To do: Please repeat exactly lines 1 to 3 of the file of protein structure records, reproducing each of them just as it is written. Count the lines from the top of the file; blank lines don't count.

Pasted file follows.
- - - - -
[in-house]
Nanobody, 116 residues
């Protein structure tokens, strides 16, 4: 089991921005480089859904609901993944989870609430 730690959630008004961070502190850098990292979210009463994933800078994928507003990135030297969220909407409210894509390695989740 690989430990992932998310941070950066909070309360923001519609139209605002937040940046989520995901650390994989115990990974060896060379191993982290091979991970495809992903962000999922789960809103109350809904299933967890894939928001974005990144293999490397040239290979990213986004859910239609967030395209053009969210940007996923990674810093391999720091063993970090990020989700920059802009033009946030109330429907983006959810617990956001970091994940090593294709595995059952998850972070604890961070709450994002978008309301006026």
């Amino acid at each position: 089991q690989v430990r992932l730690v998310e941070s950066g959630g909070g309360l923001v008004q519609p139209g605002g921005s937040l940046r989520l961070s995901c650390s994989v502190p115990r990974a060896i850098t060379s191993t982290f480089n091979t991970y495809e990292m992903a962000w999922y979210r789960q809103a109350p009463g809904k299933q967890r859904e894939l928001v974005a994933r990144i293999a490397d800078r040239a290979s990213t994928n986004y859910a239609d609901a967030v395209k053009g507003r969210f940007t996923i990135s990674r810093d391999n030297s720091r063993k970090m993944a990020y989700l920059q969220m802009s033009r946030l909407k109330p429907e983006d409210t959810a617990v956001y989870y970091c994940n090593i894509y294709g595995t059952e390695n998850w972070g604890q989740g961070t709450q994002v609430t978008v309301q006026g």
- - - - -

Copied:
[in-house]
Nanobody, 116 residues
């Protein structure tokens, strides 16, 4: 089991921005480089859904609901993944989870609430 730690959630008004961070502190850098990292979210009463994933800078994928507003990135030297969220909407409210894509390695989740 690989430990992932998310941070950066909070309360923001519609139209605002937040940046989520995901650390994989115990990974060896060379191993982290091979991970495809992903962000999922789960809103109350809904299933967890894939928001974005990144293999490397040239290979990213986004859910239609967030395209053009969210940007996923990674810093391999720091063993970090990020989700920059802009033009946030109330429907983006959810617990956001970091994940090593294709595995059952998850972070604890961070709450994002978008309301006026």